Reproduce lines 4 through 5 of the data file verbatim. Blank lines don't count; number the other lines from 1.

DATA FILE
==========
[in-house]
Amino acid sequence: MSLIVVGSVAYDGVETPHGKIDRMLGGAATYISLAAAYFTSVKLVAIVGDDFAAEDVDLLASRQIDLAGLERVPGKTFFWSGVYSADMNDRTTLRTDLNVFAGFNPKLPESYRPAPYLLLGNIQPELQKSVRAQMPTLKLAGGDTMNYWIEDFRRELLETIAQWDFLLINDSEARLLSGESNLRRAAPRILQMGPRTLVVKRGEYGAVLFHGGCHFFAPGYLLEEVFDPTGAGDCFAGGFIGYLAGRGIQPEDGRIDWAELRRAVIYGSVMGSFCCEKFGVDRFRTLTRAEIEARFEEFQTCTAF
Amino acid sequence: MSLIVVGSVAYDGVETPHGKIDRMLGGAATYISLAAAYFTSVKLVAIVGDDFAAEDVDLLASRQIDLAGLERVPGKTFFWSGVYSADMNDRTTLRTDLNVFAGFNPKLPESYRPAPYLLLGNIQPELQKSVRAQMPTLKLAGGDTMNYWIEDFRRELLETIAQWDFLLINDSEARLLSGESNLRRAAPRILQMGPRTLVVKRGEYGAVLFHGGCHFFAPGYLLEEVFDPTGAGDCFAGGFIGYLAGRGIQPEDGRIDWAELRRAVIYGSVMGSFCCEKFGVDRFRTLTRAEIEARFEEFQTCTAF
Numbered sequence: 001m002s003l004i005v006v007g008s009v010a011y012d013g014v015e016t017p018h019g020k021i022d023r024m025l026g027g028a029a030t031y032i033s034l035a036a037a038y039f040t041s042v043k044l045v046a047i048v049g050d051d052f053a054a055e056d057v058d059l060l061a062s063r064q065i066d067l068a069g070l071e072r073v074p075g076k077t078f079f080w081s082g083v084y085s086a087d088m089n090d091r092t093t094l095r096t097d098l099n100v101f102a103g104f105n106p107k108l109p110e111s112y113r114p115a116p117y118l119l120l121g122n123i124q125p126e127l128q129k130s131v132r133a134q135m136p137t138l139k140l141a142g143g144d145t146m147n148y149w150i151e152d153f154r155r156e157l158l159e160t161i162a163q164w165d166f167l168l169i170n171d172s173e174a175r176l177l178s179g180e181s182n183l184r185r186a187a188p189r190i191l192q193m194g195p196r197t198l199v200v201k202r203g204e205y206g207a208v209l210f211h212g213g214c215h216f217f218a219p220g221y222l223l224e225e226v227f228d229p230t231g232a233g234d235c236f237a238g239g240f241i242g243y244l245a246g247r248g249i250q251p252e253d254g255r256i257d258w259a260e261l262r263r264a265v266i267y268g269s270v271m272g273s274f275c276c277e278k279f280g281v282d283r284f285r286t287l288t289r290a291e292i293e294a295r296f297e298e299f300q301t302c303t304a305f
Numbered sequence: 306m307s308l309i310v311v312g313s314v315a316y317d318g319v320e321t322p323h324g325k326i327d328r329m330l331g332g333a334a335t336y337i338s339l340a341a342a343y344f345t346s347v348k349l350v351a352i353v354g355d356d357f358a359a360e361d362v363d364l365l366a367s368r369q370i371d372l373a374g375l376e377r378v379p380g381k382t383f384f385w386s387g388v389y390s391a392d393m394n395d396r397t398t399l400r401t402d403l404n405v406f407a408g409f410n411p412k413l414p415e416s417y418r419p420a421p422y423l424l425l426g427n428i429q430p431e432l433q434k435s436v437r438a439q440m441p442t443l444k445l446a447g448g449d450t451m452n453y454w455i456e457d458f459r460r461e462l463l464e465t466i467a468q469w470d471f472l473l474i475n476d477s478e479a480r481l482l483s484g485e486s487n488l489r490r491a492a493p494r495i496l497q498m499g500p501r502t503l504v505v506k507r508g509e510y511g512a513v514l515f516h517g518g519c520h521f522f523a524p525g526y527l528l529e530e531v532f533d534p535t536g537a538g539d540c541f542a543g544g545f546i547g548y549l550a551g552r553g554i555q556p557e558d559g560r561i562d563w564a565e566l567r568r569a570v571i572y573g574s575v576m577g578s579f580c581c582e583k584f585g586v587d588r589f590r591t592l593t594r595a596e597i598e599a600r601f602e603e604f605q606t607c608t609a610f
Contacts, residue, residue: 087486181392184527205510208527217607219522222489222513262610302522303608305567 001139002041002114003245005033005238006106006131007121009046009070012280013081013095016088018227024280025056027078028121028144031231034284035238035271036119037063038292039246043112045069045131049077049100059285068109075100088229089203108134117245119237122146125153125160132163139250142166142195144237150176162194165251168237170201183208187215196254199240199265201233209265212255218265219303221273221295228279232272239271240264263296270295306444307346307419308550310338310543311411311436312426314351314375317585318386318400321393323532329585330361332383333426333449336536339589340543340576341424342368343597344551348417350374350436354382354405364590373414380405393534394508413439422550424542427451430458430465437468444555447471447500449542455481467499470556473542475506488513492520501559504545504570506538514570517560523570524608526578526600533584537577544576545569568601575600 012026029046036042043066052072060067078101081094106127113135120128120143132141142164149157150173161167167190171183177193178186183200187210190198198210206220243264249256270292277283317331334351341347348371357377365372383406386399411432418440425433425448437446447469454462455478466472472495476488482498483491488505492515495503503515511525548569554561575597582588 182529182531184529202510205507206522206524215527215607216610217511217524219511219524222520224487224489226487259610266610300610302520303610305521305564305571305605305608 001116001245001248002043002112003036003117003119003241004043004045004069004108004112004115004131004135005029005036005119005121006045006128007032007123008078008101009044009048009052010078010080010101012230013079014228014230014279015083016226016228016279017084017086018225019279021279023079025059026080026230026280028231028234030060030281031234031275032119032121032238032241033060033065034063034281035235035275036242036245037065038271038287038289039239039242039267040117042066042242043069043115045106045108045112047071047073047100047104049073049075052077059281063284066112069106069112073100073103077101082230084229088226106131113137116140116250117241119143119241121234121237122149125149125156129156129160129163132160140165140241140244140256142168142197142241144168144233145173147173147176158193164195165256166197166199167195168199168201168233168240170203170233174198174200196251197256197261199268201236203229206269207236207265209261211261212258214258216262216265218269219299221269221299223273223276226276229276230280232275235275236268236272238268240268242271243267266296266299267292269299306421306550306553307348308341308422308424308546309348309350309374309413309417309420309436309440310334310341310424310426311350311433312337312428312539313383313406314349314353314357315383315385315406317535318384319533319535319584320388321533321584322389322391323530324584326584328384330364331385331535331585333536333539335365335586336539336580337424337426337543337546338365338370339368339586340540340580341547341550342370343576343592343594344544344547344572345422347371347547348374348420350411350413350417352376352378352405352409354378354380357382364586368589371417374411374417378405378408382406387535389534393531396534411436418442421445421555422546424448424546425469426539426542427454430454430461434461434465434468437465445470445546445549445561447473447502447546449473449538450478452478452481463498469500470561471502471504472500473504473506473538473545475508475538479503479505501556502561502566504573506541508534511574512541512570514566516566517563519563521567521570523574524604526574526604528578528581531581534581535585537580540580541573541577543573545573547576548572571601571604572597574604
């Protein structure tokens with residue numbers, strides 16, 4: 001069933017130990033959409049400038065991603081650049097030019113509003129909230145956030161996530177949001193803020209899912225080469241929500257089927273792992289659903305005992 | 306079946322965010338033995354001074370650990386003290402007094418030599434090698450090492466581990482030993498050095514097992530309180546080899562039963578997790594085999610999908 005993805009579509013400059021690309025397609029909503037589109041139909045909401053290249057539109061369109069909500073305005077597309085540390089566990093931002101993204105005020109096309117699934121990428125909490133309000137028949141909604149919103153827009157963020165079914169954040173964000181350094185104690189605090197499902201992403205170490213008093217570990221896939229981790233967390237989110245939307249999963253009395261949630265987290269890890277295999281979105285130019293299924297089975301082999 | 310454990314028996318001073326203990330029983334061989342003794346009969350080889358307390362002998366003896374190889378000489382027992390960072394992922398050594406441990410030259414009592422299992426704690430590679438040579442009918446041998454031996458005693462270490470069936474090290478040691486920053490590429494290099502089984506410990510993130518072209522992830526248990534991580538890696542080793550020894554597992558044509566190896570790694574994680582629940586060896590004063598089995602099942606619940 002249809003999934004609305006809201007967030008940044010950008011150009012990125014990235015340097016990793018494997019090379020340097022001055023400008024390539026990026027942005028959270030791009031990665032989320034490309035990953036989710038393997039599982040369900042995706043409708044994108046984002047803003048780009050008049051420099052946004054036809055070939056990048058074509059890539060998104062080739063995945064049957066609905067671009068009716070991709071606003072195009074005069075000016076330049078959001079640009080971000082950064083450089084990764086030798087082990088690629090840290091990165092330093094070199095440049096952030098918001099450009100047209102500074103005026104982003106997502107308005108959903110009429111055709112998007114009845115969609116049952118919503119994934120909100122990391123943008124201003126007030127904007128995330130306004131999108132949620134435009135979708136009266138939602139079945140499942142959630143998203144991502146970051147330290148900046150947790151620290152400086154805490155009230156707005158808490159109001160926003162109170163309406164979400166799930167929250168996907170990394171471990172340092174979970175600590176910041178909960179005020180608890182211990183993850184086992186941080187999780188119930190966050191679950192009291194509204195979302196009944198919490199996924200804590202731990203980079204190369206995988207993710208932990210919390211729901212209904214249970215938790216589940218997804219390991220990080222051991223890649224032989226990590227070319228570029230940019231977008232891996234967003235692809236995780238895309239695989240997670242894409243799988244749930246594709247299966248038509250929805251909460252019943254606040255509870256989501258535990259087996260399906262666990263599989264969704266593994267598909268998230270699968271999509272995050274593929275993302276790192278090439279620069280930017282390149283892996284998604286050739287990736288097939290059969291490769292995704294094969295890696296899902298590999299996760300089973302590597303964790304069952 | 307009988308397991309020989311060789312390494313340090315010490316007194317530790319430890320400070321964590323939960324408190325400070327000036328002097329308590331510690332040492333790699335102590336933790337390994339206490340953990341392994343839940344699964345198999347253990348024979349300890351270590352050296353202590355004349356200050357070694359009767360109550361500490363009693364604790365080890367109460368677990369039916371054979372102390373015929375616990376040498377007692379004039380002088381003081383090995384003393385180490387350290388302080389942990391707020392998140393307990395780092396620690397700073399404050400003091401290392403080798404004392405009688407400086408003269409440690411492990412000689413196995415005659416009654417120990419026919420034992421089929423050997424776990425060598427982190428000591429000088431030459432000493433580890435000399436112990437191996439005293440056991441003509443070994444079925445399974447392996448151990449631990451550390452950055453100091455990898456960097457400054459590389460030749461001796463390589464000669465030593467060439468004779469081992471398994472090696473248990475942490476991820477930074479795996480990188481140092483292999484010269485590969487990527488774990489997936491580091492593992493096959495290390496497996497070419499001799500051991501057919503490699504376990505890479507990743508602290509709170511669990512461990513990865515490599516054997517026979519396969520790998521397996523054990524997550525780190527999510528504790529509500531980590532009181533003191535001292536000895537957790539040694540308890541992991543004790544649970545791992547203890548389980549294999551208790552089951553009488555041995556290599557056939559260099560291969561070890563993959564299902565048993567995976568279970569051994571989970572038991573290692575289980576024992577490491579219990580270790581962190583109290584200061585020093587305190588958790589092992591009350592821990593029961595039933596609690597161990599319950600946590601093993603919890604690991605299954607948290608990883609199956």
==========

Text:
Numbered sequence: 001m002s003l004i005v006v007g008s009v010a011y012d013g014v015e016t017p018h019g020k021i022d023r024m025l026g027g028a029a030t031y032i033s034l035a036a037a038y039f040t041s042v043k044l045v046a047i048v049g050d051d052f053a054a055e056d057v058d059l060l061a062s063r064q065i066d067l068a069g070l071e072r073v074p075g076k077t078f079f080w081s082g083v084y085s086a087d088m089n090d091r092t093t094l095r096t097d098l099n100v101f102a103g104f105n106p107k108l109p110e111s112y113r114p115a116p117y118l119l120l121g122n123i124q125p126e127l128q129k130s131v132r133a134q135m136p137t138l139k140l141a142g143g144d145t146m147n148y149w150i151e152d153f154r155r156e157l158l159e160t161i162a163q164w165d166f167l168l169i170n171d172s173e174a175r176l177l178s179g180e181s182n183l184r185r186a187a188p189r190i191l192q193m194g195p196r197t198l199v200v201k202r203g204e205y206g207a208v209l210f211h212g213g214c215h216f217f218a219p220g221y222l223l224e225e226v227f228d229p230t231g232a233g234d235c236f237a238g239g240f241i242g243y244l245a246g247r248g249i250q251p252e253d254g255r256i257d258w259a260e261l262r263r264a265v266i267y268g269s270v271m272g273s274f275c276c277e278k279f280g281v282d283r284f285r286t287l288t289r290a291e292i293e294a295r296f297e298e299f300q301t302c303t304a305f
Numbered sequence: 306m307s308l309i310v311v312g313s314v315a316y317d318g319v320e321t322p323h324g325k326i327d328r329m330l331g332g333a334a335t336y337i338s339l340a341a342a343y344f345t346s347v348k349l350v351a352i353v354g355d356d357f358a359a360e361d362v363d364l365l366a367s368r369q370i371d372l373a374g375l376e377r378v379p380g381k382t383f384f385w386s387g388v389y390s391a392d393m394n395d396r397t398t399l400r401t402d403l404n405v406f407a408g409f410n411p412k413l414p415e416s417y418r419p420a421p422y423l424l425l426g427n428i429q430p431e432l433q434k435s436v437r438a439q440m441p442t443l444k445l446a447g448g449d450t451m452n453y454w455i456e457d458f459r460r461e462l463l464e465t466i467a468q469w470d471f472l473l474i475n476d477s478e479a480r481l482l483s484g485e486s487n488l489r490r491a492a493p494r495i496l497q498m499g500p501r502t503l504v505v506k507r508g509e510y511g512a513v514l515f516h517g518g519c520h521f522f523a524p525g526y527l528l529e530e531v532f533d534p535t536g537a538g539d540c541f542a543g544g545f546i547g548y549l550a551g552r553g554i555q556p557e558d559g560r561i562d563w564a565e566l567r568r569a570v571i572y573g574s575v576m577g578s579f580c581c582e583k584f585g586v587d588r589f590r591t592l593t594r595a596e597i598e599a600r601f602e603e604f605q606t607c608t609a610f